Helmets with open vents that don't close were a bit chillier, but most of the time, it was easy to pull up a buff on cold days and stay warm. Still, this requires bringing extras with you up the ski hill. The Salomon MTN Lab is the most drafty helmet we tested. The impressive venting can't be closed when the temperatures drop. Its greatest asset (extreme ventilation) is also its greatest flaw. Keep this in mind when choosing a helmet, and think about the environment where do most of your riding. Warmer climates with maritime snowpacks (most parts of the Cascades and Sierras) allow skiers to get away with less warm helmets. Colder climates with continental snowpacks (Rocky Mountains, Brooks Range) will find a warm helmet a more necessary bit of protection.
If warmth is a ski helmet's ability to keep your head from getting cold, ventilation is just the opposite — it's the helmet's ability to cool you down and reduce head sweat. Ventilation for helmets come in two flavors — vents and the ability to remove the earpieces. Vents that open and close allow for the most regulation, but having any vents at all will help pull air through the helmet. We skied on warm days and found that not all vents are created equal. Some of the helmets we tested look like they'll vent well, but the configuration of the vents didn't work to create airflow. Additionally, many helmets these days have removable earpads. We really prefer this ability to customize.
Every helmet we tested has vents, but the vents on the Smith Maze, Pret Cynic X, Salomon MTN Lab, and Giro Ledge are fixed open. Removing the earpieces of a helmet, which you can do on all models we tested excluding the Giro Zone and the Giro Nine, is nice on a hot day, but is much harder to do than opening vents when you're out on the mountain.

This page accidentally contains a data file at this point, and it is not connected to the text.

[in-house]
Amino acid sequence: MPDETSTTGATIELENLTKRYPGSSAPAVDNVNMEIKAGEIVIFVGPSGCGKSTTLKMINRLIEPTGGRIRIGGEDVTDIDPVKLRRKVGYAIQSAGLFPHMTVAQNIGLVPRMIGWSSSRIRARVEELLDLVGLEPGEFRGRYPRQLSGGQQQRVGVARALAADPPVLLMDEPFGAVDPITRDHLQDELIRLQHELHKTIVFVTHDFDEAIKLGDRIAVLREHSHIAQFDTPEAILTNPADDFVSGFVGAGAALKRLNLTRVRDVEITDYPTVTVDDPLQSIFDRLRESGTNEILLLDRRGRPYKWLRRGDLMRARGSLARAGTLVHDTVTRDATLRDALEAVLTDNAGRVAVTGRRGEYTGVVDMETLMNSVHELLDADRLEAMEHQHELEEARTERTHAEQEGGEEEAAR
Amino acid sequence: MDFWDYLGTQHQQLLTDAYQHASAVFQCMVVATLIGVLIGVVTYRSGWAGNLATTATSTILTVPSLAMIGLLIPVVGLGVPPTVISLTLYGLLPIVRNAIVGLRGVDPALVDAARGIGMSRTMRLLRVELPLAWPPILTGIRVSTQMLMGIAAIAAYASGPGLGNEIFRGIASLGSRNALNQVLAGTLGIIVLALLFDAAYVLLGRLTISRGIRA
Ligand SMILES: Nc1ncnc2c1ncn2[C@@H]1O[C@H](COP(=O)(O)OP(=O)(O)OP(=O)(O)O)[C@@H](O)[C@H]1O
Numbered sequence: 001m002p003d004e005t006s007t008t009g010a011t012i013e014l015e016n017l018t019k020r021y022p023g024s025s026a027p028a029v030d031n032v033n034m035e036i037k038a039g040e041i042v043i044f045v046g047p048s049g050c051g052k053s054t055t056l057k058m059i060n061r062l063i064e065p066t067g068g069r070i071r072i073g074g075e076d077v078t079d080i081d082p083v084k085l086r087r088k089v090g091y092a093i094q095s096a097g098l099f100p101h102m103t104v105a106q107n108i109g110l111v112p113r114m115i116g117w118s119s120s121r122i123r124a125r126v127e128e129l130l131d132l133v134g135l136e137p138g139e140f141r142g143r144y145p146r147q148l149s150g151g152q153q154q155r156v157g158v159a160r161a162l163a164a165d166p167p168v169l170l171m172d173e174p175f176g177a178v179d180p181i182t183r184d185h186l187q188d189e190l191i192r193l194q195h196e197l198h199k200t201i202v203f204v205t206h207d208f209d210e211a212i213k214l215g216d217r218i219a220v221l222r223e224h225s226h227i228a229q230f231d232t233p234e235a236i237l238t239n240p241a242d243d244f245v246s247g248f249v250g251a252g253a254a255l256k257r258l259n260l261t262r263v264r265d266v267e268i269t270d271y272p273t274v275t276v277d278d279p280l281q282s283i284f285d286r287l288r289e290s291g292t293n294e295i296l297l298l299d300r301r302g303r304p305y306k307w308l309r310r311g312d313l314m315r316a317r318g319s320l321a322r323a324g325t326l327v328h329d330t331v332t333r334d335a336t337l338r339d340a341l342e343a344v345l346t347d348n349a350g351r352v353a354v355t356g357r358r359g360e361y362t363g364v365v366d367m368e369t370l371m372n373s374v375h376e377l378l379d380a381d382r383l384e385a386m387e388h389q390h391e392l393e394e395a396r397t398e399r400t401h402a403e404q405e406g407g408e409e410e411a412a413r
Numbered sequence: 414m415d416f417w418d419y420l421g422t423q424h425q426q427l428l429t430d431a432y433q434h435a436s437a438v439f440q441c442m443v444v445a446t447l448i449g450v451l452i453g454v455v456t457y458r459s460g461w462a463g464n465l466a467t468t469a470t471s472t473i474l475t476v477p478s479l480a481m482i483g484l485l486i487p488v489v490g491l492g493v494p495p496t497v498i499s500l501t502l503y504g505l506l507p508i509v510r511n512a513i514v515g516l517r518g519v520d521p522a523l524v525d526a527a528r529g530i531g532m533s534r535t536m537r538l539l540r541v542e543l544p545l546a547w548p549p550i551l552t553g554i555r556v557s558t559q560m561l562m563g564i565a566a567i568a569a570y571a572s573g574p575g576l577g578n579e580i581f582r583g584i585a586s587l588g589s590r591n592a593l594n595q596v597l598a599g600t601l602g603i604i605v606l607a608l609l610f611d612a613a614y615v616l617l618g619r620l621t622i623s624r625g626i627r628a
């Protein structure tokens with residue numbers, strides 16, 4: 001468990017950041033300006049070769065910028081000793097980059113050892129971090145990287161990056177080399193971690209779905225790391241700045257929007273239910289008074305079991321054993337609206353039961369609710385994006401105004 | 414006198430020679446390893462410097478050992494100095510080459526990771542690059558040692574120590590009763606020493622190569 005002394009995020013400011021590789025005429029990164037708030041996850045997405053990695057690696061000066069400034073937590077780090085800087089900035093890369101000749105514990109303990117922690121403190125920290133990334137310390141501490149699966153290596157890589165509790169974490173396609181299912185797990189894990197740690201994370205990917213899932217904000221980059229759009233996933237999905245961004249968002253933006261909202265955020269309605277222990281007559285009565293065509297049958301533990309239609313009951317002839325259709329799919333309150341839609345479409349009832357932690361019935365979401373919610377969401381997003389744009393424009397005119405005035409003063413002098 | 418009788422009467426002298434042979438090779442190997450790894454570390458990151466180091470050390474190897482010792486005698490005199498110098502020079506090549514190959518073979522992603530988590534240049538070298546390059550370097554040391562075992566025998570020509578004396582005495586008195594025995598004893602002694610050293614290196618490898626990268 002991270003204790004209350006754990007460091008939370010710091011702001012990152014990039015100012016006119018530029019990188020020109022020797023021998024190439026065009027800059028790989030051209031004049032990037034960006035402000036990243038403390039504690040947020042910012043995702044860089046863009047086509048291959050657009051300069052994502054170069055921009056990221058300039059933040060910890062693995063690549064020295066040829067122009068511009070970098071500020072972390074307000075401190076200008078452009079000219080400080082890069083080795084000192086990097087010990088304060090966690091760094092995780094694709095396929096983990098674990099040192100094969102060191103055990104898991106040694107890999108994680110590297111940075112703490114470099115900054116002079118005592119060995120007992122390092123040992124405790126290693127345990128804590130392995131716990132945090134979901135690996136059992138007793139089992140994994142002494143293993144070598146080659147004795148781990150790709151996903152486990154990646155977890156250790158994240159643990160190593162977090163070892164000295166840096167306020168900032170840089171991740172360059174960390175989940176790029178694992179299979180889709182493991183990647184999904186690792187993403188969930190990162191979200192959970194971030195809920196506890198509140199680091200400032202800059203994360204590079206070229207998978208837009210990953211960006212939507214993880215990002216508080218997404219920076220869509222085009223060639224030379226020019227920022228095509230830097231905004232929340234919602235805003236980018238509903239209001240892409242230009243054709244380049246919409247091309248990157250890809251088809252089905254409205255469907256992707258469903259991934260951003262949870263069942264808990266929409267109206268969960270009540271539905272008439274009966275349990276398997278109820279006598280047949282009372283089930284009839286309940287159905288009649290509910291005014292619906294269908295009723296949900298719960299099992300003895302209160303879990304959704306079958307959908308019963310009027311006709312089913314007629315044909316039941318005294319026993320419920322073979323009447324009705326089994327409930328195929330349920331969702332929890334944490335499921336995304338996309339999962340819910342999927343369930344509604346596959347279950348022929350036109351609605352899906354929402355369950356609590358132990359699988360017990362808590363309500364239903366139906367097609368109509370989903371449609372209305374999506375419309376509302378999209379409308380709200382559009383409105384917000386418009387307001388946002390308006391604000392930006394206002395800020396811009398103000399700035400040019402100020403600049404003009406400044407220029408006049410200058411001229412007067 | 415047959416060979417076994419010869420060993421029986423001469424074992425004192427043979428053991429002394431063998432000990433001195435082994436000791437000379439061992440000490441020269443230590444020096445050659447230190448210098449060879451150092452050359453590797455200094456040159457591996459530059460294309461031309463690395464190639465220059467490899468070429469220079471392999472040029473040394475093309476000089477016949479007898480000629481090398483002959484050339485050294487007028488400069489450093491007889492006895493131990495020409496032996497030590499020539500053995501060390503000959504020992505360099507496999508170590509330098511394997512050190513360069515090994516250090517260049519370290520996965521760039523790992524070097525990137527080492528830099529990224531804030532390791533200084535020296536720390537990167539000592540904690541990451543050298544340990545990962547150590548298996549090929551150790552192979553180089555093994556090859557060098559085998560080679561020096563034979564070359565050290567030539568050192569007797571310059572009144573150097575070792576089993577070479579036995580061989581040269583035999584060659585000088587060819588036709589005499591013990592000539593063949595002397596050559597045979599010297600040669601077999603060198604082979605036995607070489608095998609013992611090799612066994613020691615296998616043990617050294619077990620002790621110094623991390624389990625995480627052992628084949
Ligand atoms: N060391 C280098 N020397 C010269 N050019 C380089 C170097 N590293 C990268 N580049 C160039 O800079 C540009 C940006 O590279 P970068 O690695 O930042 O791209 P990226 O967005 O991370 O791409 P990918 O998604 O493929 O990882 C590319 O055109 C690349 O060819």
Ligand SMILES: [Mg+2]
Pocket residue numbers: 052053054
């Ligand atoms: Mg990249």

The Salomon MTN Lab is easily the most vented helmet we tested. With huge, subdivided vents running the length of both sides of the helmet, air-flow was never an issue. Of our top picks, the Smith Vantage also vented very well, with options to close all or just some vents at a time. The Smith Quantum, Sweet Protection Switcher MIPS and Scott Symbol 2 Plus D all vented very effectively as well.
All of the helmets we tested are safety rated. That means they've passed rigorous testing and met thorough standards to ensure that they will keep your noggin as protected as possible as you zoom downhill. There's no truth to the idea that a heavier, bulkier helmet means a safer helmet. In fact, you can argue that the more weight you're carrying on your head, the higher chance you'll have of whiplash neck injuries. That said, finding a helmet that works for you and wearing it all the time is the most ideal option, and helping you do that is our aim here. In-molded helmets are usually lighter and lower profile, while injection-molded models tend to be heavier and bulkier. We evaluated how well they fit under the hood of a ski jacket. On the stormiest winter days, it is nice to pull a hood up over your helmet and zip it all the way to the top of the jacket for full battle mode. Of course, this can depend not only on the helmet you choose but also the ski jacket you wear.